One of my most treasured cultural moments in Bucharest is the Capital’s International Film Festival – BIDFF, which had its fourth edition last September. Following closely this festival from its beginnings and looking at the organic way it has grown, it is wonderful to see how many fascinating artists and creative personas from all over the world it attracts.
Its aim is not only to propose an unprecedented event dedicated to contemporary dance lovers. Bucharest International Dance Film Festival (BIDFF) is as well a unique opportunity to have a refreshing look at what’s happening in the universe of visual and performing arts, discover new paths of expression and how dance inspires and innovates the world of short-films. One of the festival’s highlights was Steven Cantor’s documentary ‘Talent Dancer’ about the remarkable Ukrainian dancer Sergei Polunin, who became at only 20 years old the youngest soloist of the London Royal Ballet – tickets were sold out long time before the opening of the event. But even more anticipated was the projection of the 20 films presented in the official international competition (chosen from more than 300 works submitted).
In the comfortable setting of the Elvire Popesco hall at the French Institute in Bucharest, we’ve been spoilt for choice with one of the best selection of the festival so far in French, English, Turkish, Dutch, Finish, Russian or Spanish films among others.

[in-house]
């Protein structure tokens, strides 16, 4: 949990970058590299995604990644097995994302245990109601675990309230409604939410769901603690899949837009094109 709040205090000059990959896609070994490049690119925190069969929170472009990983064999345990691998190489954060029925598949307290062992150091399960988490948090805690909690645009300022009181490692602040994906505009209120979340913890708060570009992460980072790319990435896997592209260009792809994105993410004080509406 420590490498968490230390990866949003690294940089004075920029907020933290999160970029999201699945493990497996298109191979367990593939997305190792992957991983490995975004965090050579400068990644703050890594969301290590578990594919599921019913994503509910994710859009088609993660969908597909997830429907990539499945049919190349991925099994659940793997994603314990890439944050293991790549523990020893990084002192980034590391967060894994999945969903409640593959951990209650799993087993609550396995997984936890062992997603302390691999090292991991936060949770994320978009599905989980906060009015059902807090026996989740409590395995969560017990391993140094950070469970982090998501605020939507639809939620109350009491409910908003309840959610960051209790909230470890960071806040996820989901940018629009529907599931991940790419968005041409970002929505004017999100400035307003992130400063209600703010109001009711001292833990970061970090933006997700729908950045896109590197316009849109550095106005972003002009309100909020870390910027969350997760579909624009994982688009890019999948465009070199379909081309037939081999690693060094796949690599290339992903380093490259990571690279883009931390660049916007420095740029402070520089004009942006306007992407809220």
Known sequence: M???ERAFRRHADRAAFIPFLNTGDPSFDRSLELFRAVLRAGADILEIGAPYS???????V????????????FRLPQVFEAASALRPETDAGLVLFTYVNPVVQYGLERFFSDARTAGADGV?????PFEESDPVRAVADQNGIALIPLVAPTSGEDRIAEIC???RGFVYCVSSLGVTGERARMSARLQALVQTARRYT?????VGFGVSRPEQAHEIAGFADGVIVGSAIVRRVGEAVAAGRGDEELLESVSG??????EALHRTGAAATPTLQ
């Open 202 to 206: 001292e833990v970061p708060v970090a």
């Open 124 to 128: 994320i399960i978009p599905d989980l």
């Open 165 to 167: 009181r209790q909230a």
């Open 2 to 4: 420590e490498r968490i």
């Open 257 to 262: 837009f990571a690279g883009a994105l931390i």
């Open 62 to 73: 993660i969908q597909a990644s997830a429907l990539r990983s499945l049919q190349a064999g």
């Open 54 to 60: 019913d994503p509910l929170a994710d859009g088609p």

Strong storylines dominated the selection – from purist and realistic up to the opposite side of the spectrum, lyrical and comical. Notably surprised by the maturity of these young artists, some of them being barely 20 years old, all managed to integrate factual problems, expressing them with an emotional understanding that extends beyond their passion for dance.
This year’s festival theme was (Re) Tracing Values an the audience was invited to explore the values of their contemporary world. A great lesson in tolerance, today’s complex world is a tapestry of intricate social issues where redefining reality through what is perceived as normality, as frontiers, as limits, identity, relationships, love, as well as observing the interconnecting emotions can change more than just one’s perspective. Simply put, this year was about the recognition and renegotiation of what creates human values according to one’s unique vision and personal experiences.
Among the movies that impressed the audience and the professionals this year is the winner in the Best film category, Night Dancing. Directed by Barnet Cokeliss (UK), this short film is a mix crafted between dialogues, image, music and a choreography which reminds Gene Kelly’s unique sense of romanticism.
Next in line, Bookanima: Dance, directed by Shon Kim (South Korea) was a strong visual experience and creative surprise. A balanced combination of music and animation by collage proposing a new visual concept that let the Asian director win the Innovation Award of BIDFF 2018.
I would like to give a special mention to the elegant Babelian Circles from the Spanish Ferran Romeu Sunyer, which was superbly shot in the desert and proposed a refined choreography, or again the German-Russian production GUENNI signed by Hä*Wie!? and Collective & Nils Löfke, that treats with great humor and sensitivity the difficult theme of the social failure.